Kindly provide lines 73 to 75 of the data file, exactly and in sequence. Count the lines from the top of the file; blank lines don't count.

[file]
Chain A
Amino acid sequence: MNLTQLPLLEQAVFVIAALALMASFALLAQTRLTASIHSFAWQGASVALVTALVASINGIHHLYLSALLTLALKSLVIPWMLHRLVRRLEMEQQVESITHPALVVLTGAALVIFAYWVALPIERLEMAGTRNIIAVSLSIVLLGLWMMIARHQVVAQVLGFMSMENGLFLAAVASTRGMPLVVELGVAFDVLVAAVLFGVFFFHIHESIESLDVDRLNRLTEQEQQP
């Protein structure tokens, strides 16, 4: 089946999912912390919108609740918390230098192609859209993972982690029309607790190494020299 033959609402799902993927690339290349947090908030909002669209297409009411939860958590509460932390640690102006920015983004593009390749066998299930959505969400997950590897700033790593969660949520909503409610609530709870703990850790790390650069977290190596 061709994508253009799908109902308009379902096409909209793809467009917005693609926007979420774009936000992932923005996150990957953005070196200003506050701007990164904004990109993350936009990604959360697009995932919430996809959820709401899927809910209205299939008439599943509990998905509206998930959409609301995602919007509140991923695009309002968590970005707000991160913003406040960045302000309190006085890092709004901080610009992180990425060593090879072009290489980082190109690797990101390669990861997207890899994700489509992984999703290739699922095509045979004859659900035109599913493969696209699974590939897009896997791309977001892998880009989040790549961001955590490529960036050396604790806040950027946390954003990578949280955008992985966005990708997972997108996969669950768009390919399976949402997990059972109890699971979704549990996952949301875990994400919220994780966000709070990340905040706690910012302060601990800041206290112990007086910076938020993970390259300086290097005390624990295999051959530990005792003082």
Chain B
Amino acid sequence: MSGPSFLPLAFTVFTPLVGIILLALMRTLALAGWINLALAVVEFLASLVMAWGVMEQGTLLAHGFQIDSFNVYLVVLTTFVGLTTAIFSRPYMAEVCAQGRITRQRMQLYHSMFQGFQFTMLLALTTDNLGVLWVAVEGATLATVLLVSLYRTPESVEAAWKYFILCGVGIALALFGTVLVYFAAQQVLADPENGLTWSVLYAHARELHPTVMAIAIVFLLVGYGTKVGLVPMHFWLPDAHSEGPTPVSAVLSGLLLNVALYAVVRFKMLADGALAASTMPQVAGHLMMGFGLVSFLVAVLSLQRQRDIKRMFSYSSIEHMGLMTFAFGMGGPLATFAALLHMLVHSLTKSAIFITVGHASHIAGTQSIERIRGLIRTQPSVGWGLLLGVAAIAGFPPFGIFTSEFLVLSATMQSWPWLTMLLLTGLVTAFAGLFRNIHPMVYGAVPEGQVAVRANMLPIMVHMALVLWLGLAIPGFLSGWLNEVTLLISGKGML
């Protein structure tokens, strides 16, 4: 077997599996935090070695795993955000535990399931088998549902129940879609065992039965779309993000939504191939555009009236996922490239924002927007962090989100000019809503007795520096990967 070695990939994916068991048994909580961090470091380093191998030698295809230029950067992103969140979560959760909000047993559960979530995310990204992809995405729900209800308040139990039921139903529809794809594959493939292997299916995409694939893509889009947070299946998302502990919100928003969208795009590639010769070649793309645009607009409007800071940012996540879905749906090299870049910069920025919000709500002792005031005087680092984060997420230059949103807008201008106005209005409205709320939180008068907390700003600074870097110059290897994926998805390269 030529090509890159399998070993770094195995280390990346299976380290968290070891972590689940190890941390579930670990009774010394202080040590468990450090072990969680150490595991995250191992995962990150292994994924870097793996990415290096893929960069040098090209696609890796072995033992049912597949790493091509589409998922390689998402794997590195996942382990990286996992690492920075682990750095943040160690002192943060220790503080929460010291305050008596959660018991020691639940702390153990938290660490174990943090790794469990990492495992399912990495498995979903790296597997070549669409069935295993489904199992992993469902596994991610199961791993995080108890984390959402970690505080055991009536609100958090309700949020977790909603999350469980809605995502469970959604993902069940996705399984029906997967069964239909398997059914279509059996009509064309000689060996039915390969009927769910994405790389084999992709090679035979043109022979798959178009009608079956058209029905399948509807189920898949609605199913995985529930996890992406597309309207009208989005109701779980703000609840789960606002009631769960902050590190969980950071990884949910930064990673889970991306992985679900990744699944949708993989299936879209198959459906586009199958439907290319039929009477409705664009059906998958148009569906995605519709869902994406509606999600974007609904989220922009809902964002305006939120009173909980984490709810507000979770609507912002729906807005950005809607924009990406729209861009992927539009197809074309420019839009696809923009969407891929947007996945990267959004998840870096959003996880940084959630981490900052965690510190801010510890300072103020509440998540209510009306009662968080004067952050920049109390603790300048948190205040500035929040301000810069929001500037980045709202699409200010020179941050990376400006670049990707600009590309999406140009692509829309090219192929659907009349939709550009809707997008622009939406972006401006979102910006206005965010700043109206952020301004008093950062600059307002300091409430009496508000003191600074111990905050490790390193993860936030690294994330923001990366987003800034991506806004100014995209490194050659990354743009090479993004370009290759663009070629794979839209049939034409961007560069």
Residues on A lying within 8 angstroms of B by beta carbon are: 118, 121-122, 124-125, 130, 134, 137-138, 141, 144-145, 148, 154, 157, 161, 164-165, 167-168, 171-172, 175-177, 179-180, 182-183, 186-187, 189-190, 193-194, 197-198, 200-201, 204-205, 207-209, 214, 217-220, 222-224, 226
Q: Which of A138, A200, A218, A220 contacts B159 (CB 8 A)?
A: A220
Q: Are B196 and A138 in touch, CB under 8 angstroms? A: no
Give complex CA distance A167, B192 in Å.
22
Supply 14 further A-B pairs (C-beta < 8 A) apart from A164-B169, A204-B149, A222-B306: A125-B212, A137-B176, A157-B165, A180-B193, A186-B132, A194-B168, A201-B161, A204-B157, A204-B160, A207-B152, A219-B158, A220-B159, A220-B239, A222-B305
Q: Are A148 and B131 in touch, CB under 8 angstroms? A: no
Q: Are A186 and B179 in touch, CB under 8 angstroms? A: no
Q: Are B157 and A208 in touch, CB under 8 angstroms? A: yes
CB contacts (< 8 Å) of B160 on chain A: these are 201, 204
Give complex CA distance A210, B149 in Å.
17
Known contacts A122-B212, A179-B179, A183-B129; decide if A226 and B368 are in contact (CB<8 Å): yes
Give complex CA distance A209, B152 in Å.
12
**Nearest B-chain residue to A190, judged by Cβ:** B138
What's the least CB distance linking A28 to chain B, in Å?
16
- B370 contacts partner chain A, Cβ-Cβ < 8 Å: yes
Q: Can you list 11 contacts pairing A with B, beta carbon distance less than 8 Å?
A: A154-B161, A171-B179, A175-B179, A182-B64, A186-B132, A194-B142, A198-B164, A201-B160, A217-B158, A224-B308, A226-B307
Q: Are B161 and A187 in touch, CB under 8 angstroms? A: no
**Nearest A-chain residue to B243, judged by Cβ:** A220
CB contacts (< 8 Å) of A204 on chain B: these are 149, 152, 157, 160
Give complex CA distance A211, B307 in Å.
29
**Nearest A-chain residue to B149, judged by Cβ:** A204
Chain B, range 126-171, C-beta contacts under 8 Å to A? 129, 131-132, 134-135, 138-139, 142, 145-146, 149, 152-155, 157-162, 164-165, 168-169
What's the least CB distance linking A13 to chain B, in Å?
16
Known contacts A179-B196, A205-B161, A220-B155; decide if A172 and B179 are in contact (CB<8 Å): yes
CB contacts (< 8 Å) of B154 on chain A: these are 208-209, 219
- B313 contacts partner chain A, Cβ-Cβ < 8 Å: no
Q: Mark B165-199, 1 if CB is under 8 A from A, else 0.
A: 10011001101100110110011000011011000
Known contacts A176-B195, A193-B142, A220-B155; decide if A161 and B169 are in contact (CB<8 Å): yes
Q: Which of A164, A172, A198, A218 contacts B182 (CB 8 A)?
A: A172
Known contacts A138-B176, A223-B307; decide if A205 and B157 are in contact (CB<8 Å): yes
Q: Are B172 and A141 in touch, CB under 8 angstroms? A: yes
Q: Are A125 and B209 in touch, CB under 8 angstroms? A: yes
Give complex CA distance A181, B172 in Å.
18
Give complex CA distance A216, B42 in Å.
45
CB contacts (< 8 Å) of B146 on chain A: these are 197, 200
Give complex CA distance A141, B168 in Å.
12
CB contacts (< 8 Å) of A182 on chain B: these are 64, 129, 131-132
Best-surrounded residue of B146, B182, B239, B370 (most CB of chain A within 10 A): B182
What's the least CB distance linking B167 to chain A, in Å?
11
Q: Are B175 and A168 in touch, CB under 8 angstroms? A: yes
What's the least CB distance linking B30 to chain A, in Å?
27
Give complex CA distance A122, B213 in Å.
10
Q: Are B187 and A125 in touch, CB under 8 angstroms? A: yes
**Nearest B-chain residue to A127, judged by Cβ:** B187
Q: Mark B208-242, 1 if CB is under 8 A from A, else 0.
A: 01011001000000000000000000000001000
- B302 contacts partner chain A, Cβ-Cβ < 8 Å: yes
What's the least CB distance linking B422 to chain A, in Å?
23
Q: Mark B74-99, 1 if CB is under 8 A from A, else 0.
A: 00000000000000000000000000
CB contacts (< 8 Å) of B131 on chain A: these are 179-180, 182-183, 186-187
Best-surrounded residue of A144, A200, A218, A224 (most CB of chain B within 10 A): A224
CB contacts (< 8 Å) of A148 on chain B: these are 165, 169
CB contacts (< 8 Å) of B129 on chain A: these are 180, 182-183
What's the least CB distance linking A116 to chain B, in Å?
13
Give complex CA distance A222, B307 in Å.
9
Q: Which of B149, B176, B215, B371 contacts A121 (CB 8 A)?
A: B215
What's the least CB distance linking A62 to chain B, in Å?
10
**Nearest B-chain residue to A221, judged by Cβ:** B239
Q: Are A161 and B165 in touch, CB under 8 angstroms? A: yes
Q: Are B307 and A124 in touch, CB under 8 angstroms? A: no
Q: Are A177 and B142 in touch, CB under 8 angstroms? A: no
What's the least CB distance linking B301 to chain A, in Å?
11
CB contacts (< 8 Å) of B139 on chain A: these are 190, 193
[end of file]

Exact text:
A: 00000000000000000000000000
CB contacts (< 8 Å) of B131 on chain A: these are 179-180, 182-183, 186-187
Best-surrounded residue of A144, A200, A218, A224 (most CB of chain B within 10 A): A224